“We’d thought about it for a while,” says Suggs, taking a breather from rehearsals of Madness’s upcoming live dates. “As a band, we’d obviously always been quite theatrical onstage, and when you think about all those videos we did, the foundations of something was always there. But when we started looking at it seriously, we realised very quickly that just putting on silly costumes and running round like idiots does not a west end show make.”
The turning point, according to Suggs, was enlisting the services of writer Tim Firth.
“He’d done a lot of films we liked,” says Suggs, who, along with his band-mates, were involved as co-producers of Our House from the off. “We really liked Calendar Girls which he did, and he sat us down and spoke us, and what he ended up with isn’t biographical in any way about us, but it does show how we might have possibly ended up if we hadn’t gone one way or the other.”
This is demonstrated in the central conceit of Our House, which, like Sliding Doors, presents parallel consequences of actions taken by the show’s hero, Joe. Where ‘good’ Joe serves his time after a brief flirtation with petty crime, struggling his way to betterment, ‘bad’ Joe does a runner, only to become even worse. This black and white morality play eventually sees the two Joes square up to each other in a confrontation in a street in their beloved Camden threatened by predatory property developers.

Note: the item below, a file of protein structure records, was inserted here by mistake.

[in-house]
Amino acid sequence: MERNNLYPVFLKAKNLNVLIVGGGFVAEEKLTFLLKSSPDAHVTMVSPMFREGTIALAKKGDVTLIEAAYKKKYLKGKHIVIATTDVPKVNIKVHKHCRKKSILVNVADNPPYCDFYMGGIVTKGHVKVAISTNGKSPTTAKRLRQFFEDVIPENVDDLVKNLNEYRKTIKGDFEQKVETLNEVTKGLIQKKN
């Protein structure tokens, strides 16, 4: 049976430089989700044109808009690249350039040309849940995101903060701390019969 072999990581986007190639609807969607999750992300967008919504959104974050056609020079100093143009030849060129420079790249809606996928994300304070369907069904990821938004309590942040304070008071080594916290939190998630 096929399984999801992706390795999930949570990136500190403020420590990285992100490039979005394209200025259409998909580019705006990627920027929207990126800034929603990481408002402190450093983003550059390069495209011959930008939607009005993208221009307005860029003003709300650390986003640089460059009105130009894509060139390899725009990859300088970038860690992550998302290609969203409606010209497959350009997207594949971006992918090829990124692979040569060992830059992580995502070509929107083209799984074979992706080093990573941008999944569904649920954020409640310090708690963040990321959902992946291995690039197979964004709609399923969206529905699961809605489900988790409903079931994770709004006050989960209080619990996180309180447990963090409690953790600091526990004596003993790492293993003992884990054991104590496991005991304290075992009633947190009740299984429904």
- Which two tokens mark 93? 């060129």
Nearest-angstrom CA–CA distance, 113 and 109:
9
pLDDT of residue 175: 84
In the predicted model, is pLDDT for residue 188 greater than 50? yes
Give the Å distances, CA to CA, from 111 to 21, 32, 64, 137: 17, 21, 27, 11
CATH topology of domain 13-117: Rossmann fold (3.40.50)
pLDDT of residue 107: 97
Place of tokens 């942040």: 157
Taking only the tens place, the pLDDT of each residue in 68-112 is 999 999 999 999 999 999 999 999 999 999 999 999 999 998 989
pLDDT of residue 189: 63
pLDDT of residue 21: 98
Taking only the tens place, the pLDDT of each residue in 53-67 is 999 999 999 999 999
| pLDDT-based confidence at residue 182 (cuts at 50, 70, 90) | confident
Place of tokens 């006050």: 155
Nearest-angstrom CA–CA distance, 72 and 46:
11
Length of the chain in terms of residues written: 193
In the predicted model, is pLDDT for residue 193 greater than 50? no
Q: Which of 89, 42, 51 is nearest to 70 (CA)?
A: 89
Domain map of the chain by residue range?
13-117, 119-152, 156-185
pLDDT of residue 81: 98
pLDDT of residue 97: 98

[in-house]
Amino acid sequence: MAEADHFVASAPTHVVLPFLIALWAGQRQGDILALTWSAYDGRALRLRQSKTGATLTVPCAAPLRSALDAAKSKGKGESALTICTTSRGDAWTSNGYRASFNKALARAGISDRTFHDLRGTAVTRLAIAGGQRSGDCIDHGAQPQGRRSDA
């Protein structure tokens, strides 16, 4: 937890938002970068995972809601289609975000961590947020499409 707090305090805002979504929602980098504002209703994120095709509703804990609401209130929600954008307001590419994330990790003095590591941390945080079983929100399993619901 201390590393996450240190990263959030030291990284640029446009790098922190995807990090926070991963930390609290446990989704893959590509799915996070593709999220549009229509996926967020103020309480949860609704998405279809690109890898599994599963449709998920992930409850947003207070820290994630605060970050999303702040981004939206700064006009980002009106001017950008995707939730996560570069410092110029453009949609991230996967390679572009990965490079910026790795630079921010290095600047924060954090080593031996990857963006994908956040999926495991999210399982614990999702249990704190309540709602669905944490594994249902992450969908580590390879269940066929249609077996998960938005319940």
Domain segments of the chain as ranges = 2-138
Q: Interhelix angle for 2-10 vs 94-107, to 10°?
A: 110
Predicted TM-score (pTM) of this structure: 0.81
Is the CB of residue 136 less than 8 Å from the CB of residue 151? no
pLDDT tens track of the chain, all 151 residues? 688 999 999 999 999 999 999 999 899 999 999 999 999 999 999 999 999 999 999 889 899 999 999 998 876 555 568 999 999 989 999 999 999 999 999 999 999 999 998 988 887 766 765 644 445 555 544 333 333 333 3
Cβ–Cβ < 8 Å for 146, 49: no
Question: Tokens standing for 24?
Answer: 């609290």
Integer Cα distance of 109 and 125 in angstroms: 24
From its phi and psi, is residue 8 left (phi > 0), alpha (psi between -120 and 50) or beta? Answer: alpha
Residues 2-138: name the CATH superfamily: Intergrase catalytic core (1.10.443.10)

Our House opened on the same day as the London marathon was ran, when, Suggs remembers, “The Old Bill turned up.”
Despite their presence, as well as a lukewarm critical reception, Our House ran in the west end for ten months, and scooped the 2003 Olivier award for best musical (Jerry Springer – The Opera had won the year before).
Our House wasn’t the first musical inspired by Madness. In 1993, Theatre Royal Stratford East premiered Alan Gilbey’s One Step Beyond! Somewhat fittingly, Gilbey had primarily written for cartoons, as well as an East End walking tour titled The Back Passages of Spittalfields.
It’s Our House, though, that seems to have taken root.
“We wanted to keep the west end feel of the show,” says Suggs, “but there were still things we had to change to take it on tour. So it had to be re-written slightly, but there’s still a car onstage and everything. It’s not like we’re doing it on the cheap.”